At our faculty retreat focusing on diversity, a few lessons grew spontaneously from the keynote and related break-out sessions.
One lesson at the individual level exposed blind spots among faculty related to how language offends, the relationship between intent and impact, and a not-so-veiled resistance to listening and then acting on expanding diversity through culturally responsive behavior among faculty with privilege.
Another lesson at the systemic level was a confrontation of the chasm between words and action: what we say matters, but what we fund and how we act ultimately determine if those words are veneer or genuine principles.
My university is a selective liberal arts college that is a microcosm of the larger tensions of culture and diversity facing the U.S.
White heterosexual male privilege dominates (and even fuels) both our wider society as well as any insular community or institution within our society. James Baldwin deconstructed throughout his career how whiteness and blackness inform each other while whiteness seeks always to keep itself central to the American Way.
Now, I do not know what white Americans would sound like if there had never been any black people in the United States, but they would not sound the way they sound….
The brutal truth is that the bulk of white people in American never had any interest in educating black people, except as this could serve white purposes. It is not the black child’s language that is in question, it is not his language that is despised: It is his experience. A child cannot be taught by anyone who despises him, and a child cannot afford to be fooled. A child cannot be taught by anyone whose demand, essentially, is that the child repudiate his experience, and all that gives him sustenance, and enter a limbo in which he will no longer be black, and in which he knows that he can never become white. Black people have lost too many black children that way.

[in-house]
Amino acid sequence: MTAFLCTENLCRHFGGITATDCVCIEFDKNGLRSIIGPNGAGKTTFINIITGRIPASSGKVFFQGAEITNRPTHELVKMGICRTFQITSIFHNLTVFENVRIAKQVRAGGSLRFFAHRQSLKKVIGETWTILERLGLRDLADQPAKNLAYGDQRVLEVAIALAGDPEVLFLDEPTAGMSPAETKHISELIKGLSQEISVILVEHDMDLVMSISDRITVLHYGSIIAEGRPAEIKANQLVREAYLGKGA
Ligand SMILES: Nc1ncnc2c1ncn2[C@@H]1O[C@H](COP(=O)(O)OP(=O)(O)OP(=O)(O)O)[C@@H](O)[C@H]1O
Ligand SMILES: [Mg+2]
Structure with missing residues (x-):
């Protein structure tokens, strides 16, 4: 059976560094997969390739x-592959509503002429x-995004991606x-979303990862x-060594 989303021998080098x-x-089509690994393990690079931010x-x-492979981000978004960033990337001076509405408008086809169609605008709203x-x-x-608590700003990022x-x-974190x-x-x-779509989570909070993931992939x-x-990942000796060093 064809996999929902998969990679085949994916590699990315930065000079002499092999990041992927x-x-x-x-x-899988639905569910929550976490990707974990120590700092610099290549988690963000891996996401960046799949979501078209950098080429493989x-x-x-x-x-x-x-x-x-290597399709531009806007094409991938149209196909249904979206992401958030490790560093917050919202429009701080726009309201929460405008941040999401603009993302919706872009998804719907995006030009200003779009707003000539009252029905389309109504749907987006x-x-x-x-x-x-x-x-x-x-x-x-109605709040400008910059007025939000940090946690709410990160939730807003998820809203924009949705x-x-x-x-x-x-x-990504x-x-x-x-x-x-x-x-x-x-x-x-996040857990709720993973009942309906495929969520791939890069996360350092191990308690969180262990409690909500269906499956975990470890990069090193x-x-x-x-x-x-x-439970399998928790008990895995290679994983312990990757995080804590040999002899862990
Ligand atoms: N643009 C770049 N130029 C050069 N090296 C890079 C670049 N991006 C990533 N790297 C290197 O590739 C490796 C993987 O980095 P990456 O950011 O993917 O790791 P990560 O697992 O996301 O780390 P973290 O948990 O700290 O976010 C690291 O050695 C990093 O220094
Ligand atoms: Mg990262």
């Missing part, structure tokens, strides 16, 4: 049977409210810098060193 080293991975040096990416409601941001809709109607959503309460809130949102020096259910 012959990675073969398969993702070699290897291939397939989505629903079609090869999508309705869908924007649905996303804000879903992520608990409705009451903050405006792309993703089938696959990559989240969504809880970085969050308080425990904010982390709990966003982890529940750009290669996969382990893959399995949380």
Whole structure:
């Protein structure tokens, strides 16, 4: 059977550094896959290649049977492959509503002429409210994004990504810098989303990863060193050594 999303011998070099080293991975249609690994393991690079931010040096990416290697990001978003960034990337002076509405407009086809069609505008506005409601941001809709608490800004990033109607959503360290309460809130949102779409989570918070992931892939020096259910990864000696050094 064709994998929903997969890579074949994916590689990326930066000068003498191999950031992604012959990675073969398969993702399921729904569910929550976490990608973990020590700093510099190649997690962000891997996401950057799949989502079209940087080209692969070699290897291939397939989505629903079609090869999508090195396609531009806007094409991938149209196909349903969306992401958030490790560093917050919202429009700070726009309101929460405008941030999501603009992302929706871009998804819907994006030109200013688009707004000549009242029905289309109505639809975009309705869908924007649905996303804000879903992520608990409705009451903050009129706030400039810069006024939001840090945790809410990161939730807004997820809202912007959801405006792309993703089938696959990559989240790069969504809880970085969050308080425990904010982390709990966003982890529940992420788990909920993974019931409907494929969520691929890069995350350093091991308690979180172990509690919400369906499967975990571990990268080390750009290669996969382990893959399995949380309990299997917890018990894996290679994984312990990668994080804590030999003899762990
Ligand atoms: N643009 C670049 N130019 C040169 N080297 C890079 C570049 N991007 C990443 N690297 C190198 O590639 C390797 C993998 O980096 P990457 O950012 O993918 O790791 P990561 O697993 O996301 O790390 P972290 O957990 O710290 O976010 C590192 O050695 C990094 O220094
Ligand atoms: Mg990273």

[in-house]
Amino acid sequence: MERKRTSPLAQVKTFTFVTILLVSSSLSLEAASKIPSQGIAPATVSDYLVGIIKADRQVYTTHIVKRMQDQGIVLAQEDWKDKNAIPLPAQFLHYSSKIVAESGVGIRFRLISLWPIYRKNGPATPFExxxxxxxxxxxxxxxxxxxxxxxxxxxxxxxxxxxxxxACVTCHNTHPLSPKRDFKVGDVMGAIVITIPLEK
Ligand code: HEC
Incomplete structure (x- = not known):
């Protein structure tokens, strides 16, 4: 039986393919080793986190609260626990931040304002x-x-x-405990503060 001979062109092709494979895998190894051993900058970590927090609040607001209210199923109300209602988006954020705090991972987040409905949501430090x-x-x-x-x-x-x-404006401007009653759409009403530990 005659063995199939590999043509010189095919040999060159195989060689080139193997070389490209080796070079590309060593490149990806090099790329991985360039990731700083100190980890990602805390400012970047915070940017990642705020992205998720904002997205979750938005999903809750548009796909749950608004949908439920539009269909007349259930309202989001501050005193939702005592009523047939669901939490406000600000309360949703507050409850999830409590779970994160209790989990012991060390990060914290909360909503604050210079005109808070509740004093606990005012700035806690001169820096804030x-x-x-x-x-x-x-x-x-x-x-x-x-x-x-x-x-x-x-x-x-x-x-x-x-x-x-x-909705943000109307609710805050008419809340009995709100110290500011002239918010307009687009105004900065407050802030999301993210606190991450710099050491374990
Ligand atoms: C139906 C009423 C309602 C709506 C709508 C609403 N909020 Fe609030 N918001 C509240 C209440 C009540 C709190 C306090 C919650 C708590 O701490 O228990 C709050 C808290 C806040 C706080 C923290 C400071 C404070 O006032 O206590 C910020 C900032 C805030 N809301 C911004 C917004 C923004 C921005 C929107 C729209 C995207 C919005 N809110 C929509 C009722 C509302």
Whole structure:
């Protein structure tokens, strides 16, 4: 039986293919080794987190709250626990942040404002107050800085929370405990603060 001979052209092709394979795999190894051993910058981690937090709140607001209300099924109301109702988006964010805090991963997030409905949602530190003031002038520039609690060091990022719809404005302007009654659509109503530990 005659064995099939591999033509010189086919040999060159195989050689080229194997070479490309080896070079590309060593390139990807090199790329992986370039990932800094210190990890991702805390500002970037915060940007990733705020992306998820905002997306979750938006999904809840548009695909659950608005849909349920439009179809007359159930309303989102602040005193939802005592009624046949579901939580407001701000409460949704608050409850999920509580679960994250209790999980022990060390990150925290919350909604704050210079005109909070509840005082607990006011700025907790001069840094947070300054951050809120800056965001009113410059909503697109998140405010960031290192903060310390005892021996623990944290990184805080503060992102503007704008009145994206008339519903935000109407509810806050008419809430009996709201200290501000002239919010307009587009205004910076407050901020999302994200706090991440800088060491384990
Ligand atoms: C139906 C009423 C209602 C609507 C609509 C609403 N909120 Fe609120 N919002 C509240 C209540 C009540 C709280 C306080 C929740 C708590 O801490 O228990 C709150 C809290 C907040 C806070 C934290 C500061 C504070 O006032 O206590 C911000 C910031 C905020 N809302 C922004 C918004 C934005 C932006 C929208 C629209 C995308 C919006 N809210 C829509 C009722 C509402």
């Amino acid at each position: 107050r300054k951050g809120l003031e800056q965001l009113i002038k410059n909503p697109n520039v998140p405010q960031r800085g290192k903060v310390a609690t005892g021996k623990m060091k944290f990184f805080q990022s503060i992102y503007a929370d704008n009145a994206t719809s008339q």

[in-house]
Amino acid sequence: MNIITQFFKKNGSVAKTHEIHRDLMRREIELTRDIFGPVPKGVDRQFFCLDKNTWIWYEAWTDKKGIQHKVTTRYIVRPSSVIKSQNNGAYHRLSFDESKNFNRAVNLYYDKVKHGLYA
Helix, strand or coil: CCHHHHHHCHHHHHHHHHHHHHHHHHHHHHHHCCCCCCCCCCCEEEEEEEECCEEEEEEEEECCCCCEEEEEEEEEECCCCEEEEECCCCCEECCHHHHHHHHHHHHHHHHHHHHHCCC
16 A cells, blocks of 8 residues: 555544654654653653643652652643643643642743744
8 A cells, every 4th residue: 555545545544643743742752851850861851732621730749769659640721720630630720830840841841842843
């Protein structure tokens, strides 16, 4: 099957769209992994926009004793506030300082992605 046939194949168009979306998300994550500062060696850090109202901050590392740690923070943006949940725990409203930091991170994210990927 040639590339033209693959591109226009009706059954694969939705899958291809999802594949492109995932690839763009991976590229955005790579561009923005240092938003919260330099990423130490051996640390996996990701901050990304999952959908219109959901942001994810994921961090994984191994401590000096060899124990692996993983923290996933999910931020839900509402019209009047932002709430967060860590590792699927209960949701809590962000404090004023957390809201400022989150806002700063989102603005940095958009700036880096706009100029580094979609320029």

Today, for example, as #BlackLivesMatter rose out of tragedy after tragedy, the narcissism of whiteness has created a backlash that demands attention to how working-class whites have suffered.
And then, on a smaller scale, during the 2016 Rio Olympics—a time ripe with amazing accomplishments by black athletes from the U.S.—we have been handed Ryan Lochte, a case of arrested development as a consequence of privilege.
Somehow we will not address the white gaze, and we are also committed to keeping the gaze of concern on whiteness because, you know, frat-boy life is funny even when guys are biologically grown:
Cause 32-year-old kids just want to have fun.
But the lesson that perpetually faces us isn’t funny at all. There are dire consequences.
In the U.S., we persist in creating and protecting at all cost these lives:
And we declare in the most calloused ways possible that these lives do not matter:
Mustn’t there be a time of reckoning for a people who see 32-year-old Lochte as a kid just trying to have fun but turn a blind eye to the execution of Tamir Rice, an actual child?
As Baldwin understood all too well, however, lessons remain wasted on those unwilling to learn:
And, after all, finally, in a country with standards so untrustworthy [emphasis added], a country that makes heroes of so many criminal mediocrities [emphasis added], a country unable to face why so many of the nonwhite are in prison, or on the needle, or standing, futureless, in the streets—it may very well be that both the child, and his elder, have concluded that they have nothing whatever to learn from the people of a country that has managed to learn so little.